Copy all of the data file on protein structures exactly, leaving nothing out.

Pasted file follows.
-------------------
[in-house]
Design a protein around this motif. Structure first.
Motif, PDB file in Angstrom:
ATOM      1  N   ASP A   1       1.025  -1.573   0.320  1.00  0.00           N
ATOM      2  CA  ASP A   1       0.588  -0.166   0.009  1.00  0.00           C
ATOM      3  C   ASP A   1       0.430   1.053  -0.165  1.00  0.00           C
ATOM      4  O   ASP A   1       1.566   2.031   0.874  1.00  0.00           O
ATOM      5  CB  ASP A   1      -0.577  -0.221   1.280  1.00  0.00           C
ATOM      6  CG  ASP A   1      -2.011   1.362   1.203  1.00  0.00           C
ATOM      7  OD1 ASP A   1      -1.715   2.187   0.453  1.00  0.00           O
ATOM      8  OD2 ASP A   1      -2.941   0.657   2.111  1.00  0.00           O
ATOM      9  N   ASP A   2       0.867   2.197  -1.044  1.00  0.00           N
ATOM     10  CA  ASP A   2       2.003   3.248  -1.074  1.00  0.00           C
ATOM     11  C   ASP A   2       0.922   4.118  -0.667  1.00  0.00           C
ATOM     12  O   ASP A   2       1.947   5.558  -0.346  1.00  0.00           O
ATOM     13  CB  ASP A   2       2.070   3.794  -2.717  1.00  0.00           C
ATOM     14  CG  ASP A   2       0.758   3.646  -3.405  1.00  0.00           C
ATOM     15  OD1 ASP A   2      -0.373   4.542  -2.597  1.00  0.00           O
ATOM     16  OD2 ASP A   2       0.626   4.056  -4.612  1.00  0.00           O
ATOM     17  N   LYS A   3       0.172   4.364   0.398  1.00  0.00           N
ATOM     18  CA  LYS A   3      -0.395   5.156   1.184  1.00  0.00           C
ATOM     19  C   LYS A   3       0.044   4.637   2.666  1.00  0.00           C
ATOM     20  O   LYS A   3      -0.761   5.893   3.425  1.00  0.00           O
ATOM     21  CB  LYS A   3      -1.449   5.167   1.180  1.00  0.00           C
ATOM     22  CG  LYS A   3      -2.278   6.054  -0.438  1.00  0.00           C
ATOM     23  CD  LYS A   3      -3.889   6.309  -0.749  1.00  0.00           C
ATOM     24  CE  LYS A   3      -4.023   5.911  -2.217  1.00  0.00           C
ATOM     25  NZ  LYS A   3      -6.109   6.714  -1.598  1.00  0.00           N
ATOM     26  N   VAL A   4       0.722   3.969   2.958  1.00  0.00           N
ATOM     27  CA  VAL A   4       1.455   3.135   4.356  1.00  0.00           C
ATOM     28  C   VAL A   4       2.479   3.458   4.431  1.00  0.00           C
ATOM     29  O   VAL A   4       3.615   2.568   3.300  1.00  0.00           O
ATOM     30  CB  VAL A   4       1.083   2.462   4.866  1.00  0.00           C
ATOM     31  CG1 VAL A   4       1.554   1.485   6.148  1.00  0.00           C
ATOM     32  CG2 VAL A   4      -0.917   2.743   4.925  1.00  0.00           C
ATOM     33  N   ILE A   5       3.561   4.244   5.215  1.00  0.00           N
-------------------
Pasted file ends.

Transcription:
[in-house]
Design a protein around this motif. Structure first.
Motif, PDB file in Angstrom:
ATOM      1  N   ASP A   1       1.025  -1.573   0.320  1.00  0.00           N
ATOM      2  CA  ASP A   1       0.588  -0.166   0.009  1.00  0.00           C
ATOM      3  C   ASP A   1       0.430   1.053  -0.165  1.00  0.00           C
ATOM      4  O   ASP A   1       1.566   2.031   0.874  1.00  0.00           O
ATOM      5  CB  ASP A   1      -0.577  -0.221   1.280  1.00  0.00           C
ATOM      6  CG  ASP A   1      -2.011   1.362   1.203  1.00  0.00           C
ATOM      7  OD1 ASP A   1      -1.715   2.187   0.453  1.00  0.00           O
ATOM      8  OD2 ASP A   1      -2.941   0.657   2.111  1.00  0.00           O
ATOM      9  N   ASP A   2       0.867   2.197  -1.044  1.00  0.00           N
ATOM     10  CA  ASP A   2       2.003   3.248  -1.074  1.00  0.00           C
ATOM     11  C   ASP A   2       0.922   4.118  -0.667  1.00  0.00           C
ATOM     12  O   ASP A   2       1.947   5.558  -0.346  1.00  0.00           O
ATOM     13  CB  ASP A   2       2.070   3.794  -2.717  1.00  0.00           C
ATOM     14  CG  ASP A   2       0.758   3.646  -3.405  1.00  0.00           C
ATOM     15  OD1 ASP A   2      -0.373   4.542  -2.597  1.00  0.00           O
ATOM     16  OD2 ASP A   2       0.626   4.056  -4.612  1.00  0.00           O
ATOM     17  N   LYS A   3       0.172   4.364   0.398  1.00  0.00           N
ATOM     18  CA  LYS A   3      -0.395   5.156   1.184  1.00  0.00           C
ATOM     19  C   LYS A   3       0.044   4.637   2.666  1.00  0.00           C
ATOM     20  O   LYS A   3      -0.761   5.893   3.425  1.00  0.00           O
ATOM     21  CB  LYS A   3      -1.449   5.167   1.180  1.00  0.00           C
ATOM     22  CG  LYS A   3      -2.278   6.054  -0.438  1.00  0.00           C
ATOM     23  CD  LYS A   3      -3.889   6.309  -0.749  1.00  0.00           C
ATOM     24  CE  LYS A   3      -4.023   5.911  -2.217  1.00  0.00           C
ATOM     25  NZ  LYS A   3      -6.109   6.714  -1.598  1.00  0.00           N
ATOM     26  N   VAL A   4       0.722   3.969   2.958  1.00  0.00           N
ATOM     27  CA  VAL A   4       1.455   3.135   4.356  1.00  0.00           C
ATOM     28  C   VAL A   4       2.479   3.458   4.431  1.00  0.00           C
ATOM     29  O   VAL A   4       3.615   2.568   3.300  1.00  0.00           O
ATOM     30  CB  VAL A   4       1.083   2.462   4.866  1.00  0.00           C
ATOM     31  CG1 VAL A   4       1.554   1.485   6.148  1.00  0.00           C
ATOM     32  CG2 VAL A   4      -0.917   2.743   4.925  1.00  0.00           C
ATOM     33  N   ILE A   5       3.561   4.244   5.215  1.00  0.00           N